There are no kiddie corners

Dec. 28, 2000
You can’t just pay the neighborhood kid to do it

You can’t just pay the neighborhood kid to do it.

Everybody knows the whole task of mowing and trimming around the roadside is a complicated and serious business.

You can’t just pay the neighborhood kid to do it

You can’t just pay the neighborhood kid to do it.

Everybody knows the whole task of mowing and trimming around the roadside is a complicated and serious business. This month, ROADS & BRIDGES looks at some of the products used to control the greenery and make it appealing and safe for the motorists.

A buzz cut

The BuzzBar Tree Limb Cutter is the newest product riding the assembly line at Alamo Industrial, Seguin, Tex.

Mounted on a farm-type tractor with a boom, the four-rotary saw blades can cut through tree limbs up to 4 in. in diam. Designed to mount on all Alamo Industrial booms, the BuzzBar has a 7 1/2-in. cutting width and is driven by a 38-hp hydraulic motor.

Four 26-in.-diam. rotary blades each have 60 teeth and turn at 17,000 feet per minute. The rear shield is made of 10 gauge steel and formed for stiffness.

Other cutters for Alamo are the 20IV, the Machete and the Interstater.

The Machete is labeled a Severe-Duty Boom Mower used for trimming trees or cutting grass, weeds and brush in rough terrain and hard-to-reach areas.

By using a closed-loop hydraulic system, rather than open-loop hydraulics, the system is more efficient and produces less heat, according to the company. The piston pump and motor will achieve "96% efficiency" because more energy is transmitted to the mechanical elements within the system and less oil is lost to slippage than with a standard gear system.

The blade bar is reinforced with three 7/8-in.-thick leaves, and the spindle housing is attached to the deck with eight 5/8-in. bolts.

The operator can control all boom movements with a single joystick, including the electo-hydraulic proportional lift, swing and dipper arm.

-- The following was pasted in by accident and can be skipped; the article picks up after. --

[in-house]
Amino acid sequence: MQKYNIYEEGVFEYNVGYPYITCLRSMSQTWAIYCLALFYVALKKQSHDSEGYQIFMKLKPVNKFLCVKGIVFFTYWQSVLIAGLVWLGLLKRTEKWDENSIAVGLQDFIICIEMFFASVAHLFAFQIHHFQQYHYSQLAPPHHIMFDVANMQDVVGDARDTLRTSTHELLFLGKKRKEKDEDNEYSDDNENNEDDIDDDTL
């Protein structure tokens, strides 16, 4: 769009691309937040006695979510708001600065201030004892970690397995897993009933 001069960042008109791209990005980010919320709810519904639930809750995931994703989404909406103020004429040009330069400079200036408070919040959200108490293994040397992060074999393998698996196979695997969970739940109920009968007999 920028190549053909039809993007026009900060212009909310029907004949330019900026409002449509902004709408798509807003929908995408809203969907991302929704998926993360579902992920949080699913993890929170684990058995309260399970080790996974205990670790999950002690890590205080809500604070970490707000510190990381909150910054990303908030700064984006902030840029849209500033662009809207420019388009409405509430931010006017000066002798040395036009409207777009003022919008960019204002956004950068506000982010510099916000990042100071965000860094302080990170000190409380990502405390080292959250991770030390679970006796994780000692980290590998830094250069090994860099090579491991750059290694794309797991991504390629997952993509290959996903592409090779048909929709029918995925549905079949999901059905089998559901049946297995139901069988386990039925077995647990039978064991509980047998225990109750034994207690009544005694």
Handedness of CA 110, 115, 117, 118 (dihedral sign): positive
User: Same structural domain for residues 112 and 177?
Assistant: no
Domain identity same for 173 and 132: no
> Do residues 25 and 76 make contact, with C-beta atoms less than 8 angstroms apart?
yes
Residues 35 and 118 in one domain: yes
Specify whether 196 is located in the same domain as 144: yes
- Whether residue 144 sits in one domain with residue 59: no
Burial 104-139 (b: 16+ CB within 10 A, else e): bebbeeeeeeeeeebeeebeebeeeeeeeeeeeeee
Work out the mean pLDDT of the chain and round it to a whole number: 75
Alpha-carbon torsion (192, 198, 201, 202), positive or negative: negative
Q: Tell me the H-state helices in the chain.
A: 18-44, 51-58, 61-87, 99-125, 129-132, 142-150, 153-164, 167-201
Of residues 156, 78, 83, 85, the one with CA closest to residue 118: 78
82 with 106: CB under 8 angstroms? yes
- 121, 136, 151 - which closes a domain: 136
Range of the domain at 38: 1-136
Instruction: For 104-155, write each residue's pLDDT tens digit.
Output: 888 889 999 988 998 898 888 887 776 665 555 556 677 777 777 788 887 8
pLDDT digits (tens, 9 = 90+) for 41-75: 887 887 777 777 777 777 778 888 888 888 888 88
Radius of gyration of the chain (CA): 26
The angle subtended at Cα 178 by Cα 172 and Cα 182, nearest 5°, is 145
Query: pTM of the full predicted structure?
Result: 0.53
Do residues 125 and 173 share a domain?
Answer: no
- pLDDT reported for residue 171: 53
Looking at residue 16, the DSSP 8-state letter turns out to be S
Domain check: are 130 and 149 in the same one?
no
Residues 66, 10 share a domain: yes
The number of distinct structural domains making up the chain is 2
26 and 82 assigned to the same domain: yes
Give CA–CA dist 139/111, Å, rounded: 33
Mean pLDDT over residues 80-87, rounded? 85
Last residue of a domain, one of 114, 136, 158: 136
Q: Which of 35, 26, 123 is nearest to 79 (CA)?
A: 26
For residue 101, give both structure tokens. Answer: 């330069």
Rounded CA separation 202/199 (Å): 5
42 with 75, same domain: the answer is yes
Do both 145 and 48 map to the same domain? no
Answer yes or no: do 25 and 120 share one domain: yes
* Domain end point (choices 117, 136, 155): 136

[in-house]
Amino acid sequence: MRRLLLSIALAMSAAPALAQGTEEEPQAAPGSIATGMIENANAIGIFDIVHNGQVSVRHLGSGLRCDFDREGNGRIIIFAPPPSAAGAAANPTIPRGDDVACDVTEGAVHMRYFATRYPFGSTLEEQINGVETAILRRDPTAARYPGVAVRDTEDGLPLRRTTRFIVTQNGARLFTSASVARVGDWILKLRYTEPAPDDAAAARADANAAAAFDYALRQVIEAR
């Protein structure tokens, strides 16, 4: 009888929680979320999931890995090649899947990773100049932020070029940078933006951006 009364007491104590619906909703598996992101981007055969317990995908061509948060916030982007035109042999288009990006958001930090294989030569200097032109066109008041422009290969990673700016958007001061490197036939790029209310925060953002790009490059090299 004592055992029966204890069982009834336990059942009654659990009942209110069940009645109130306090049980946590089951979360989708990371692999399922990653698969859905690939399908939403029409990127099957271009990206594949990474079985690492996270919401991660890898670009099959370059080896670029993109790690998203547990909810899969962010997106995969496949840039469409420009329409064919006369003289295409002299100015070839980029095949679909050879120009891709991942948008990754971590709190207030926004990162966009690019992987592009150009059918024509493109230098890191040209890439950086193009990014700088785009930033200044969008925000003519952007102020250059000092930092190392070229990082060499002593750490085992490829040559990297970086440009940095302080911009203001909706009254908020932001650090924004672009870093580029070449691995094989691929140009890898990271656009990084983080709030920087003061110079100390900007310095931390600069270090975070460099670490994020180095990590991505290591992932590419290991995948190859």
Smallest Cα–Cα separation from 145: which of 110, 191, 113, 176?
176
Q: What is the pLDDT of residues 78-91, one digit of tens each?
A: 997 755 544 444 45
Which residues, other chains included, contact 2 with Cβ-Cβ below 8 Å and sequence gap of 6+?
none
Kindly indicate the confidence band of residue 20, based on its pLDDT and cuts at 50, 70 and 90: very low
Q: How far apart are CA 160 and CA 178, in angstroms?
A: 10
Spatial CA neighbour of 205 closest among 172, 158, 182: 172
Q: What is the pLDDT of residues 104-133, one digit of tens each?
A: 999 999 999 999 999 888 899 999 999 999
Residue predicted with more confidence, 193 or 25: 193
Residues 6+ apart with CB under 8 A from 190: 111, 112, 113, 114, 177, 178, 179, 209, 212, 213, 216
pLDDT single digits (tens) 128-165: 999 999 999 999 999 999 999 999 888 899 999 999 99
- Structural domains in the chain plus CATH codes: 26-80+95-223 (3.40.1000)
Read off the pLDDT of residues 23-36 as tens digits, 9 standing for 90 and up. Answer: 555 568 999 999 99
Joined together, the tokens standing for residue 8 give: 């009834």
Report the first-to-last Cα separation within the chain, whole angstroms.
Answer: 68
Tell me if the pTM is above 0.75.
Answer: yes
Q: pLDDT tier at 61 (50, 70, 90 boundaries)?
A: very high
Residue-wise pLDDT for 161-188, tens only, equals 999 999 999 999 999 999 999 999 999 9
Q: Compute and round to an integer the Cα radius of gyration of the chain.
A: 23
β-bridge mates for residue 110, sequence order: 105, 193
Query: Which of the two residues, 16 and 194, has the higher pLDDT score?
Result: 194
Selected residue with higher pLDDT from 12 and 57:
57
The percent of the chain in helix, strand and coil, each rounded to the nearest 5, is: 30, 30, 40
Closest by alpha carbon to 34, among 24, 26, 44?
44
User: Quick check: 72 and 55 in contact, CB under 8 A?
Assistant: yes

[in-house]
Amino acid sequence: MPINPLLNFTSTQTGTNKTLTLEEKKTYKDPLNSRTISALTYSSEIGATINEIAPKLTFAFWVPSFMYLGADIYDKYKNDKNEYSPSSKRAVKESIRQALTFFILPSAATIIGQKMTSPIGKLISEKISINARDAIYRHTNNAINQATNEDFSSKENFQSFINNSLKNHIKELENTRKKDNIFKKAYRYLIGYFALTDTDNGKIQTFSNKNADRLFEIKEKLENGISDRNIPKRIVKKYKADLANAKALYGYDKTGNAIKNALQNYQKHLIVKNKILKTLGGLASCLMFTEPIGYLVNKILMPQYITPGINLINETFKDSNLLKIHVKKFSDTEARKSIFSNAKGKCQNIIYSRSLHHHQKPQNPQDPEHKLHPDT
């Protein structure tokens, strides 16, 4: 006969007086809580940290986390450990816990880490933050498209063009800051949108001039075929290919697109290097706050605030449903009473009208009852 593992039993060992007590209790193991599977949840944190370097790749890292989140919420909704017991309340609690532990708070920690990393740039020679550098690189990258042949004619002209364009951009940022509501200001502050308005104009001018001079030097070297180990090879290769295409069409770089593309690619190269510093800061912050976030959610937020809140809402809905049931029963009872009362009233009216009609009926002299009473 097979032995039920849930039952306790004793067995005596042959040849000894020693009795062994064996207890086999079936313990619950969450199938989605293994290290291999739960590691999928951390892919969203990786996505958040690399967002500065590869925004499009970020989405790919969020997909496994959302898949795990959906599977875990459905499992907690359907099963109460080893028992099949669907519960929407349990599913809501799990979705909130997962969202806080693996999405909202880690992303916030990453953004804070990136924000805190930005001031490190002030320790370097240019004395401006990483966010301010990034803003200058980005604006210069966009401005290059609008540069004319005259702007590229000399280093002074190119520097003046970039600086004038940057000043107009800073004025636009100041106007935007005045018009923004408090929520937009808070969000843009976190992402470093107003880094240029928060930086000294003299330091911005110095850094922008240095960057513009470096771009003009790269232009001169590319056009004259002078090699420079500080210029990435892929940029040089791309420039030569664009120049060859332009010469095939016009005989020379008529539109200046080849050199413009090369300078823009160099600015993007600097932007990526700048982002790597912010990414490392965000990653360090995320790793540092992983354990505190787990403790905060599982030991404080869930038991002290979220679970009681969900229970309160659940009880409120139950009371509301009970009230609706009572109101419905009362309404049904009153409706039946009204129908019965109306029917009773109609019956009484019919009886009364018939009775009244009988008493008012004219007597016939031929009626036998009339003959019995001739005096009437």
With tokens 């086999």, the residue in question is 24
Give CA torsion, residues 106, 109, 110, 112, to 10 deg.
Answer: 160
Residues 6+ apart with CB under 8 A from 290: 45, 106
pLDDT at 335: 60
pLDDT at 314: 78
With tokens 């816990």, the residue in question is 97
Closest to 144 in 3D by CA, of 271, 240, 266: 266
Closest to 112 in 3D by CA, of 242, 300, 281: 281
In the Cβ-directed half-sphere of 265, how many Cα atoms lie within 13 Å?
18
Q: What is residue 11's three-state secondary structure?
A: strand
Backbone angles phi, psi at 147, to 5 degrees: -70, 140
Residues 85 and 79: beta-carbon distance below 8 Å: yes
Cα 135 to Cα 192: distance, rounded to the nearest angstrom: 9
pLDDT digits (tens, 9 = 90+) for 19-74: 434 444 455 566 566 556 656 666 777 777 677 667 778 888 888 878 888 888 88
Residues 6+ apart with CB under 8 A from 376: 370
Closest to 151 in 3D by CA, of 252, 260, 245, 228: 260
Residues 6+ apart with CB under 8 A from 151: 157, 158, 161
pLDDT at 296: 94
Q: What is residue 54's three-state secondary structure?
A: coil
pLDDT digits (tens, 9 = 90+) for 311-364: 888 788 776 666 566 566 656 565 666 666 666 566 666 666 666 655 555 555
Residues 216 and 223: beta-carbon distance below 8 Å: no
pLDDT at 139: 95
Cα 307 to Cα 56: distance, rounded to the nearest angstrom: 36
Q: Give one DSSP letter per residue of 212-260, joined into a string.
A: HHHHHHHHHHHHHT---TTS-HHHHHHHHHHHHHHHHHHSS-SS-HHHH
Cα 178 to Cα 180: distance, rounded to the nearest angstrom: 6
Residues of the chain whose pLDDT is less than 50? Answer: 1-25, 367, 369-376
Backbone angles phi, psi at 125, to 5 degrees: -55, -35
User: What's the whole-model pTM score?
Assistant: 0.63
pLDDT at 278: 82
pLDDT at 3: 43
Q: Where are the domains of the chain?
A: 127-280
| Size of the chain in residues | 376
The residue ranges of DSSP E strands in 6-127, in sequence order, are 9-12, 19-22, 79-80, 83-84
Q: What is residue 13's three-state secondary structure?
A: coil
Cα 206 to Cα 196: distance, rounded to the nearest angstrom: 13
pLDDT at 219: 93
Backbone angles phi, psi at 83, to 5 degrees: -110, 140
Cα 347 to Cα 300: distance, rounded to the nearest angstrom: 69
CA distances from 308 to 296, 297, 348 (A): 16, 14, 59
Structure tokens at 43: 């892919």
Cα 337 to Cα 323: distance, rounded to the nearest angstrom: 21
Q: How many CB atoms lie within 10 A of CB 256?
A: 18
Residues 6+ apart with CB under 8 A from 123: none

The Interstater is ideal for mowing large areas such as airports and along highways.

With left and right side mowers, the machine will mow a 20-ft swath, cutting 12 acres per hour at 5 mph. The hydraulically operated, 88-in. wings can mow slopes, ditches or flatlands, and may be raised as necessary to avoid obstacles.

The rear 88-in. flail is powered by the tractor’s PTO and leveled by the three-point hitch control.

The 20IV is a mechanical flex-wing rotary mower that will cut a 20-in. swath through highway grass and weeds. The machine can mow 7 acres per hour at 3 mph, and the flexible wing mower, aided by skid shoes, rear wheels and overlapping blades, follows the contour of the ground.

Deere’s path

John Deere, Moline, Ill., offers flail mowers, three-point hitch mowers and rotary cutters.

Flail mowers provide uniform distribution of pulverized material across the full cutting width, according to the manufacturer. The cutting and pulverizing are done by pivoting knives attached to a horizontal rotor. Pivoting knives reduce the risk of damage if an obstruction is hit.

The mowers are rated for cutting speeds up to 7 mph, and cutting widths range from 4 ft, 10 in. to 6 ft, 6 in.

Deere’s medium-duty rotary cutters can cut small brush up to 2 in. in diam. Standard suction blades provide "excellent" lift when cutting heavy material and do an effective job picking up wheel tracks. Cutting widths are 4, 5 and 6 ft.

The 261 three-point hitch mower cuts 60 in. wide, while the 272 mows 72 in. wide. Both models feature three overlapping blades and a cutting height adjustment.

Cheetah in charge

The Cheetah mower, a product of Tiger Corp., Sioux Falls, S.D., has a cutter reach of 14 ft up, 17 ft out and 10 ft, 6 in. down.

The cutter head rotates 180û around the outer boom, and the lift control valve system is electro-hydraulic proportional.

The TRBS-40 Rotary Cutter Head offers a cutting width of 40 in.